Did you ever play any covers that didn’t work?
Well, we must have played The Stooges’ “Loose” about ten or fifteen times, then we were doing a live to air down here in Melbourne with Triple R and we got to the first chorus and we forgot how to play it, so that was the end of that track. There comes a time for us when a cover no longer delivers what it should be delivering so it either gets abused or it gets dropped. We’ve done Suicide’s “Rocket USA”, that’s a track that we play quite a lot and in fact we’ve been doing that on top of a Died Pretty cover called “Mirror Blues”. Ron Peno is more available in Melbourne so for the last couple of gigs we’ve been doing there we’ve had him step up and do the first half of “Mirror Blues”, which we readily admit was a direct rip of Suicide, and basically just morph it into the Suicide track “Rocket USA”. We didn’t do that in Brisbane because we were Peno-less.
How did you and Ron collaborate initially with “Ghost Anthems”?
We did a festival down in Red Hill outside of Melbourne a number of years back. We met Ron who was performing with The Darling Downs his band with Kim Salmon. We just got talking backstage and he professed his love for what we were doing and we professed our devotion to him. I grew up with a lot of the early Died Pretty records so for me he’s a bona fide rock legend. He offered to do a song so we took him up on it — I don’t think he expected us to take it up but we did. We wrote a couple of tracks; one that had some heroic pauses, which is very much a Died Pretty thing, he chose one and wrote some lyrics; in fact he just jammed some lyrics because he doesn’t really write per se, he just sort of sings sounds and then those sounds morph into words. It took us a while to get the right recording take that everyone was happy with but it was great working with him and it’s fun playing with him live.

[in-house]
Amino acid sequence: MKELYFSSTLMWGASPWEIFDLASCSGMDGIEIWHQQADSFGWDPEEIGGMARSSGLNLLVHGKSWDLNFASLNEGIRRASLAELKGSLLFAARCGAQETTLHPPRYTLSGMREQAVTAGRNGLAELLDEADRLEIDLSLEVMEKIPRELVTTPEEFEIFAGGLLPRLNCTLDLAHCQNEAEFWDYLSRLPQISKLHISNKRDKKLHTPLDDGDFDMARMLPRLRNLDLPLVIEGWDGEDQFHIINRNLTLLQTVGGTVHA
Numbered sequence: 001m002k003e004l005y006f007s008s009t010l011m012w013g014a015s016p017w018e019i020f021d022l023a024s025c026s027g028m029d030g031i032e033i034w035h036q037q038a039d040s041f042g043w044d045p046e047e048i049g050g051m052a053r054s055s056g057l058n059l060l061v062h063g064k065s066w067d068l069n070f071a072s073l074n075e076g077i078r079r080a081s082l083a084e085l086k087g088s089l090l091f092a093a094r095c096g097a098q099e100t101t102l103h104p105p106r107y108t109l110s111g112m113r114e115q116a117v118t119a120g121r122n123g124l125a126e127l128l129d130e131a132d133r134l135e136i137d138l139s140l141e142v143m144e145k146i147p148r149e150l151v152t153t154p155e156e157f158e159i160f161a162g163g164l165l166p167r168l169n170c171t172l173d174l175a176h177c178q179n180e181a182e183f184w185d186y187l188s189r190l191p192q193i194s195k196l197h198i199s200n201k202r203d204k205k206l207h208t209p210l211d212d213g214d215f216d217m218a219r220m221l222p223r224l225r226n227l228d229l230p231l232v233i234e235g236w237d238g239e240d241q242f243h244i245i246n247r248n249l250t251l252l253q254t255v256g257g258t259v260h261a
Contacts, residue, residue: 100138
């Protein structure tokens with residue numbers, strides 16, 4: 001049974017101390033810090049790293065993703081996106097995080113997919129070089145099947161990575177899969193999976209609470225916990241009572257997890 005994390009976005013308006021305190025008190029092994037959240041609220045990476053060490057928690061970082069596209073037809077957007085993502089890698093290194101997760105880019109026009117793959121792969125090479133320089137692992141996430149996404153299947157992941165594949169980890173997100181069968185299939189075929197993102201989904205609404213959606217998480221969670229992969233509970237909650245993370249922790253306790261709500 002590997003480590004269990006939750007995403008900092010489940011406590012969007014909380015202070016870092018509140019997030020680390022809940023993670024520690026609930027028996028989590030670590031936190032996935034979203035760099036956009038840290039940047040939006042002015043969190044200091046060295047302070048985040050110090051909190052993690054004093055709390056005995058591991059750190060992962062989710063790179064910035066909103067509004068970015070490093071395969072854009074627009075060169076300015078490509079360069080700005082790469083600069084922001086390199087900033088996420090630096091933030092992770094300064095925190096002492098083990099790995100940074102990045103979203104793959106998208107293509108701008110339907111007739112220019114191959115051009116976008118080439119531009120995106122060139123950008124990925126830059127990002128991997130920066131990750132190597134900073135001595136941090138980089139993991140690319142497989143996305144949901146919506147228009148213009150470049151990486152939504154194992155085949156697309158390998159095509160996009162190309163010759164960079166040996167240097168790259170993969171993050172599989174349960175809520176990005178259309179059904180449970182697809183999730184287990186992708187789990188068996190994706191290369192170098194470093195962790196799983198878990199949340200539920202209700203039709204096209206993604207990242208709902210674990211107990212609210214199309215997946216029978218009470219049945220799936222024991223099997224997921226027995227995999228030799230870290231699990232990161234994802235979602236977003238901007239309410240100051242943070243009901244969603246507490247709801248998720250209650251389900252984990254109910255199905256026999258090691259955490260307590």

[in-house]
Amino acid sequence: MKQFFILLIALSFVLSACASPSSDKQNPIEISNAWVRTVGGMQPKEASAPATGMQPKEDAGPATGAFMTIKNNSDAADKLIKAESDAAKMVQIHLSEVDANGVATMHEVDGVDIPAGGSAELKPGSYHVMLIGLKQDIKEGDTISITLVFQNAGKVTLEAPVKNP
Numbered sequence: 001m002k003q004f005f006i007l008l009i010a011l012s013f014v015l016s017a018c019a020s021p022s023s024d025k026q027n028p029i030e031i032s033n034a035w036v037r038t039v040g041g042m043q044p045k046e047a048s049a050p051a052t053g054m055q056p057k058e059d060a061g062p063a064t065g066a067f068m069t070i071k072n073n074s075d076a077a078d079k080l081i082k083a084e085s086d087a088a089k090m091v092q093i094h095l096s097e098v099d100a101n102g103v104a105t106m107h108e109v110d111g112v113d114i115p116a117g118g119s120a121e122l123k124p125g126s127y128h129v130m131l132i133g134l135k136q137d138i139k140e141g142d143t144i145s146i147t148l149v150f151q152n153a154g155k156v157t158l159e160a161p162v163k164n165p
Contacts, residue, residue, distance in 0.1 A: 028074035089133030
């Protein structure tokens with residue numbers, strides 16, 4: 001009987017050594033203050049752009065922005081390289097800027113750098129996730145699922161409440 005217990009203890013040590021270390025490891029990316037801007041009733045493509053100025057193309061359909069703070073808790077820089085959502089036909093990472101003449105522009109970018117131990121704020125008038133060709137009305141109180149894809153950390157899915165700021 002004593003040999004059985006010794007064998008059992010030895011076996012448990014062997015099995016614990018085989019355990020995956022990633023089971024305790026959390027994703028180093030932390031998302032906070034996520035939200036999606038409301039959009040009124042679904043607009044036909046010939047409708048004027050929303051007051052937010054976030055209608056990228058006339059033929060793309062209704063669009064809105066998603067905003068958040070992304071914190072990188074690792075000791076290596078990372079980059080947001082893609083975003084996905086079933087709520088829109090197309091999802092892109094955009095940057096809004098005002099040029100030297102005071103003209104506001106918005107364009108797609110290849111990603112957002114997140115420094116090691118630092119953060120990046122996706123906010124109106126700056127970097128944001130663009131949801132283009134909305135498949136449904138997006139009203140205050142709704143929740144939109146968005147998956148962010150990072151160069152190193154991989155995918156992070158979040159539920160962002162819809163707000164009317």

Is it strange when you’re singing “Ghost Anthems” instead of Ron as you did in Brisbane?
Yeah, that tour was the first time that I’ve ever actually done it; Ron will be very upset that I’ve done it! We probably should have told him, it’s his song and we weren’t going to use it.
This can be off the record.
No, that’s alright, he won’t mind. It’s a good sign that the band really like playing it live, they really enjoy it so that basically meant that they all looked at me and said “Off you go!”, but I can’t do Ron’s moves.
Another artist who you’ve collaborated with is Monique Brumby, who’s pretty far removed from the shoegaze music scene. How did that come about?